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UK bribery law was delayed (again).



The Bribery law was meant to bring the UK closer in line with the US, which has taken a tougher approach in rooting out corruption in foreign business deals.

The UK justice secretary has signaled that the implementation of the Bribery Act had been pushed back because of intense business lobbying and because the Act was "not fit for purpose" because it lacked clarity and could harm British companies.

British companies have been warned that they could be put on an export "blacklist" by the Organization for Economic Co-operation and Development if the government continues to delay tough new anti-corruption laws. Such a move could make British companies less competitive than their international rivals because of the need for more due diligence on contracts.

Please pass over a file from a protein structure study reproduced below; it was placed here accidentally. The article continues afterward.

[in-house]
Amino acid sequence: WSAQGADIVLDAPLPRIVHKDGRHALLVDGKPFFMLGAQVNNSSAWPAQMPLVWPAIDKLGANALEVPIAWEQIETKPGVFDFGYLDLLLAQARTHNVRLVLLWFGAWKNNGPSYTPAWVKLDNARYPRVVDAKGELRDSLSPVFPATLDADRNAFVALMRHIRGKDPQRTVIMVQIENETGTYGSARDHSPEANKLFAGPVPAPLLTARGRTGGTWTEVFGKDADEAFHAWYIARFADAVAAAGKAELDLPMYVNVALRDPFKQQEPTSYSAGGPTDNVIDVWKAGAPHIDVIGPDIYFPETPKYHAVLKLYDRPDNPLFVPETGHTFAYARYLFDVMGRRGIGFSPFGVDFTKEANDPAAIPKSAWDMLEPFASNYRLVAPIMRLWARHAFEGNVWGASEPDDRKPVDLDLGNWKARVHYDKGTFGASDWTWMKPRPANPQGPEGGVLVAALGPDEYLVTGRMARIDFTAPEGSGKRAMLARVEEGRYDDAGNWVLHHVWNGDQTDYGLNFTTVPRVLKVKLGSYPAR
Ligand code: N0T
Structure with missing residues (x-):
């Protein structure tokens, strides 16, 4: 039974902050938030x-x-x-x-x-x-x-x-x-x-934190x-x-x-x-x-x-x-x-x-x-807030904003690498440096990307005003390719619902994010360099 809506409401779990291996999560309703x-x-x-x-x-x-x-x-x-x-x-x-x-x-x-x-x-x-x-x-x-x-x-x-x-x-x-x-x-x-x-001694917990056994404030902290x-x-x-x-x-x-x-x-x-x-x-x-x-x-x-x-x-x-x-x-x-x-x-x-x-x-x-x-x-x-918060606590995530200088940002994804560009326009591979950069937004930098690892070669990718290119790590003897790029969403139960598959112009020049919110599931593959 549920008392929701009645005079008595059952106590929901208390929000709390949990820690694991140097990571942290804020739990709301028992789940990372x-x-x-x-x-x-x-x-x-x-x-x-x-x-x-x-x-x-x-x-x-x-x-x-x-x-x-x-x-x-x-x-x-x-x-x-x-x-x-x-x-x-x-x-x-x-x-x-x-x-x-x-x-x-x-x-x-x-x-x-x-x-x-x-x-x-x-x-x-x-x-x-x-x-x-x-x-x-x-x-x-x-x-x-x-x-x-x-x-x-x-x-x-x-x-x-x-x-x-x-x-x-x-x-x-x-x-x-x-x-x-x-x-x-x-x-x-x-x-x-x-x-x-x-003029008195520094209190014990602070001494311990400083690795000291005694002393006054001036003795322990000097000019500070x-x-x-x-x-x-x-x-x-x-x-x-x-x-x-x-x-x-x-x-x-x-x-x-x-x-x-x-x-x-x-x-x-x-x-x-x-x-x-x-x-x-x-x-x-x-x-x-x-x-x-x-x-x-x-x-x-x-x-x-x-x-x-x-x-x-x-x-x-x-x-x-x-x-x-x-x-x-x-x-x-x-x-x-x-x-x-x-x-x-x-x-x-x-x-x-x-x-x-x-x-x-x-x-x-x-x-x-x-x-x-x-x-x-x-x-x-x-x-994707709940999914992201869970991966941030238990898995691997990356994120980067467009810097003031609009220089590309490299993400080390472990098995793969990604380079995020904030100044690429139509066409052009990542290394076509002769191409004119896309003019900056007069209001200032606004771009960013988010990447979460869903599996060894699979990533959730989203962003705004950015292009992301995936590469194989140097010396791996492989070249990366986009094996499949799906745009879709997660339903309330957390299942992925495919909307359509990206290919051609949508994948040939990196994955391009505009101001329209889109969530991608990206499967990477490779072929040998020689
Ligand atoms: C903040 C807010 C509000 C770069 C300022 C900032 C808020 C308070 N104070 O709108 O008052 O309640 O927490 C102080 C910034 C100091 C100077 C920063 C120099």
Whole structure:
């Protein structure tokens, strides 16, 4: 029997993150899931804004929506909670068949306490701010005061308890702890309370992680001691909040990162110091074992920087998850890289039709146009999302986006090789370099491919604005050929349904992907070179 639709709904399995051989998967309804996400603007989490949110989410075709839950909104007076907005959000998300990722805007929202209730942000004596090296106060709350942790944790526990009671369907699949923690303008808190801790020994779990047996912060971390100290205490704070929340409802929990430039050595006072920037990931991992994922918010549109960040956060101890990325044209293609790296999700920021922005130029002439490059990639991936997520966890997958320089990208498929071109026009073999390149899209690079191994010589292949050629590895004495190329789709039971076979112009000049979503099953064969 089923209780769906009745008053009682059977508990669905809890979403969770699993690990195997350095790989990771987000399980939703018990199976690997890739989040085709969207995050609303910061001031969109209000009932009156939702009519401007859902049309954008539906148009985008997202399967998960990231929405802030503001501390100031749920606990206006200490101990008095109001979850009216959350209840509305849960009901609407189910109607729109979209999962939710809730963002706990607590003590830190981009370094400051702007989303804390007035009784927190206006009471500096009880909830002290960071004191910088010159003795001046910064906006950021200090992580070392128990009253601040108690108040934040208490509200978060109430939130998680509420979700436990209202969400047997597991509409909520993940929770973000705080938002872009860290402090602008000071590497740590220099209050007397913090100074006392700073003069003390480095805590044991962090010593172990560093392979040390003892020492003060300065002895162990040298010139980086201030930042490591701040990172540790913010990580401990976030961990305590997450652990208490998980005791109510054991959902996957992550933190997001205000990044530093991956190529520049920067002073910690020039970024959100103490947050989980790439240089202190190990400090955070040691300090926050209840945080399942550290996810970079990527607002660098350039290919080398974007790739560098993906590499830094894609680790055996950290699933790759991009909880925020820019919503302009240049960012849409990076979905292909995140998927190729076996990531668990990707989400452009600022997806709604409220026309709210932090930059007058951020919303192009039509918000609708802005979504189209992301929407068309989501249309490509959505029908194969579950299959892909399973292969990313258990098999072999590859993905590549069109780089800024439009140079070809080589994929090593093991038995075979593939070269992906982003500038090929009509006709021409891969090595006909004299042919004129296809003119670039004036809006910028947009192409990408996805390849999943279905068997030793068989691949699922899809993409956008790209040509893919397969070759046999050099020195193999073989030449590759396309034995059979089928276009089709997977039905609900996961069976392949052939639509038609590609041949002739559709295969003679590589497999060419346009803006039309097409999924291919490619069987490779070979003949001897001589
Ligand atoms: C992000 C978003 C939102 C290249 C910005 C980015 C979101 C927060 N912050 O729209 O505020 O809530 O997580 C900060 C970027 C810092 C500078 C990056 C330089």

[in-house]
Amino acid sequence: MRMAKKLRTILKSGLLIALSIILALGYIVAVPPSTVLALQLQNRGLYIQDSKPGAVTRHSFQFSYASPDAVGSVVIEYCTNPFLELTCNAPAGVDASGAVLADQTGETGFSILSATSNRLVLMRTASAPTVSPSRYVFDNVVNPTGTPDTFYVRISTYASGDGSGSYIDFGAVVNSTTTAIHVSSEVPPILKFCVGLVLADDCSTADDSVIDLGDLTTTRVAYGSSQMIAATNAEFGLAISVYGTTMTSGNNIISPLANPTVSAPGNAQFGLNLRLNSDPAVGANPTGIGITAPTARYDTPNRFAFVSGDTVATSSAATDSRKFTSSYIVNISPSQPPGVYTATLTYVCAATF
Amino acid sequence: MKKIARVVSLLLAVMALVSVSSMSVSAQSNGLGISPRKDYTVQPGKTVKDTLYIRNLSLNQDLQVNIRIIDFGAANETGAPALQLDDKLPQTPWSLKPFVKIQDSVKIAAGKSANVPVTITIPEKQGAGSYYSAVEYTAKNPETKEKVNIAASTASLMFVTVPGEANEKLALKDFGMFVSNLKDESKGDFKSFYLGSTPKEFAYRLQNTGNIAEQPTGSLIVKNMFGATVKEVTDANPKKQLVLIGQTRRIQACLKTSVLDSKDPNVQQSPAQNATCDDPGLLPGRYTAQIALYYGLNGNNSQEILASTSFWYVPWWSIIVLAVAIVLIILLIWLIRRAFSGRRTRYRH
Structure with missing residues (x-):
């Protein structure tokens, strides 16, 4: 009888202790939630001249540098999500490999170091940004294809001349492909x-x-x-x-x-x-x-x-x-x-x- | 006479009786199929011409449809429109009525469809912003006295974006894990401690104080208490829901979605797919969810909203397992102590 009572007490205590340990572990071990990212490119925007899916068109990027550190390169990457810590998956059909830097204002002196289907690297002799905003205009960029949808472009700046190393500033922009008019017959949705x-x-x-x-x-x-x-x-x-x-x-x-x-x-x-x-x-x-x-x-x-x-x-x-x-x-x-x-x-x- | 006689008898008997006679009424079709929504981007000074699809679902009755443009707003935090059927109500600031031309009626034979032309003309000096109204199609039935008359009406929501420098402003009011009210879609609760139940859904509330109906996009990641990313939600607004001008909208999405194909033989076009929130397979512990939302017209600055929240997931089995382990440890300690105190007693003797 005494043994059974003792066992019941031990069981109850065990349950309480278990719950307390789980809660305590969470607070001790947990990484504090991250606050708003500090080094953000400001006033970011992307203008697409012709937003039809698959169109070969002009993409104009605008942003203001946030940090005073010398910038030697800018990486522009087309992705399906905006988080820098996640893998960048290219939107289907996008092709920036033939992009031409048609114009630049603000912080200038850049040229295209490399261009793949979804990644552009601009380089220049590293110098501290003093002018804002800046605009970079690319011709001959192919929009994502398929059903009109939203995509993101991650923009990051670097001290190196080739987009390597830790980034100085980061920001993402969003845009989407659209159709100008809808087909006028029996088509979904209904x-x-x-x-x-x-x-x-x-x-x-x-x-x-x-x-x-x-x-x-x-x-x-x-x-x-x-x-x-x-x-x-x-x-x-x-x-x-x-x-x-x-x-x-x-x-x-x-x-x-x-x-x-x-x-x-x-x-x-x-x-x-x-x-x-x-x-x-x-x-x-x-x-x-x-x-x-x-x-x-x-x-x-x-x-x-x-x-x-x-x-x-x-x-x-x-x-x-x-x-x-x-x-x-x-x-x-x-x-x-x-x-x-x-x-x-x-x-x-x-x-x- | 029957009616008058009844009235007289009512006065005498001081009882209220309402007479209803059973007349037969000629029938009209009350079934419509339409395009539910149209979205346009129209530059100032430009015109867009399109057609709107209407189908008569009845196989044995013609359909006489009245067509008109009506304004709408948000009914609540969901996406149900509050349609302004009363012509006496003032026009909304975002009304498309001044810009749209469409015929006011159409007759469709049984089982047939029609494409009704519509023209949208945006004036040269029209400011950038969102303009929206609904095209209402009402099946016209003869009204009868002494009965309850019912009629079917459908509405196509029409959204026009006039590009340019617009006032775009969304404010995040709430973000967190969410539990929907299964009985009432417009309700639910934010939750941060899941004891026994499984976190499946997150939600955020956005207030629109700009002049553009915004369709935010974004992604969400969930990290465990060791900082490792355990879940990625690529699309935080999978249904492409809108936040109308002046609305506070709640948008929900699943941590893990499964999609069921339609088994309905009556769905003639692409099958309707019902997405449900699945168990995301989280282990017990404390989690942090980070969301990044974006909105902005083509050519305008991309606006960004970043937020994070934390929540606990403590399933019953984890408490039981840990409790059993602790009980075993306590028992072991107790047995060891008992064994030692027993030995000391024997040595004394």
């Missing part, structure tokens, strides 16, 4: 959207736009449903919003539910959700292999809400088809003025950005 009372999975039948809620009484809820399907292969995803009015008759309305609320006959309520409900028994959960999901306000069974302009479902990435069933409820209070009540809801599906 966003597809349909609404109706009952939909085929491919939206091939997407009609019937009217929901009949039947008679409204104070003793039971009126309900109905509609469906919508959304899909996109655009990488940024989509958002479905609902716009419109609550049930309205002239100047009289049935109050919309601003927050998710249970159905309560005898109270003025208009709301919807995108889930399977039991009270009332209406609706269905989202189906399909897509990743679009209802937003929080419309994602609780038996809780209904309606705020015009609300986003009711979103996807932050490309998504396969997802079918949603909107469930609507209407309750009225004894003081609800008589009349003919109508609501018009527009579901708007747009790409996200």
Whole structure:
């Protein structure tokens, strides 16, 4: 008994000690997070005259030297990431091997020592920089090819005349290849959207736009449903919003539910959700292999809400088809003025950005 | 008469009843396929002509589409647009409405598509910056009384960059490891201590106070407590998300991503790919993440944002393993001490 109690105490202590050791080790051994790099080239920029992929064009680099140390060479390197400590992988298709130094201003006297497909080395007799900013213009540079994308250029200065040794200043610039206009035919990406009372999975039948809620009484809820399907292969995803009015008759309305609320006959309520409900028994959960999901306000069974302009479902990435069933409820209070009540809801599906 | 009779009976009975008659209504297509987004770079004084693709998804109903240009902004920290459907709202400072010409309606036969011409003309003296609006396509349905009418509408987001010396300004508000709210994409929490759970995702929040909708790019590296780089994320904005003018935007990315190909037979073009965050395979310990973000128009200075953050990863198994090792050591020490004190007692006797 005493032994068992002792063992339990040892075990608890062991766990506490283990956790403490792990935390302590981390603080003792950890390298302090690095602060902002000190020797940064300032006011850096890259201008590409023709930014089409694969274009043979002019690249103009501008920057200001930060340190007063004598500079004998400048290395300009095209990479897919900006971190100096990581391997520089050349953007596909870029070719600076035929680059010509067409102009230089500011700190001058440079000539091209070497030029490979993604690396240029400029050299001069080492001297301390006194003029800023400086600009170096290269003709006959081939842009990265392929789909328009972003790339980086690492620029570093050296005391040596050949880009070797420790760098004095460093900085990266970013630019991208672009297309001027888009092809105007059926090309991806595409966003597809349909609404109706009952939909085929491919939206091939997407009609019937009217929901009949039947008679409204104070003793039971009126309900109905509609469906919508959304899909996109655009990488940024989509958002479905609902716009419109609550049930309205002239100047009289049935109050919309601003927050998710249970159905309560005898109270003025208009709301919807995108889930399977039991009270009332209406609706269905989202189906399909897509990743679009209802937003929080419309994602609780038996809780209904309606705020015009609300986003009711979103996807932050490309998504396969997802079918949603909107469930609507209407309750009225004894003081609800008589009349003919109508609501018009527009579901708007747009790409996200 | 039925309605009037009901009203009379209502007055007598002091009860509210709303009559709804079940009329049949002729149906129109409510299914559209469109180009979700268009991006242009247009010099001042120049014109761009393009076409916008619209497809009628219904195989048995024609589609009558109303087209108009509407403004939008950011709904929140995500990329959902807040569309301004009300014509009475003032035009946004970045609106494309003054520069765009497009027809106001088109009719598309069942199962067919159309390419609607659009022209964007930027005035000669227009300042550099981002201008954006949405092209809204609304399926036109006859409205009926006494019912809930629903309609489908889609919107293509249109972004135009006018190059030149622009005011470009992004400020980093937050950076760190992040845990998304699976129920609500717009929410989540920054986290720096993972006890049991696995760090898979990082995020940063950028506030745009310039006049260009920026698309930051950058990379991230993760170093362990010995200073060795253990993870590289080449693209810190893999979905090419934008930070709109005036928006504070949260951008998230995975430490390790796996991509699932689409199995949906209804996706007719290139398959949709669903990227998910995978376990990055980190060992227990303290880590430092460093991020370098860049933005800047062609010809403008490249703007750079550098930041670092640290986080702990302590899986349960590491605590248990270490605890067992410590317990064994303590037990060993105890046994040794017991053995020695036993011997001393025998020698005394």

British business leaders agree that they are fully behind the need to tighten up on anti-graft laws, but argue the proposed guidelines are not clear enough to give them confidence they will not fall foul of new laws on hospitality and the recruitment of overseas agents.

The Bribery Act, which carries a maximum jail sentence of 10 years, creates two general offences of bribery, a specific offence of bribery of a foreign public official and an offence of failure by a company to prevent a bribe being paid for or on its behalf.

Parts of UK bribery legislation are 120 years old so it does need some updating and other areas of this legislation are grey. Therefore there are serious concerns about how it might affect corporate culture and the need to see if its impact may be softened a bit.

Most observers do not believe that the review would lead to significant amendments of key parts of the act. Observers also agree that the act was not intended to create an additional burden for business but due to pressure from other countries to introduce tougher measures against corruption and bribery.

There has been more or less constant consultation with industry and many other interested parties for almost four years. The risk for the UK is that it will be viewed as soft on serious international corruption at a time when most major economies are moving to address this very serious problem.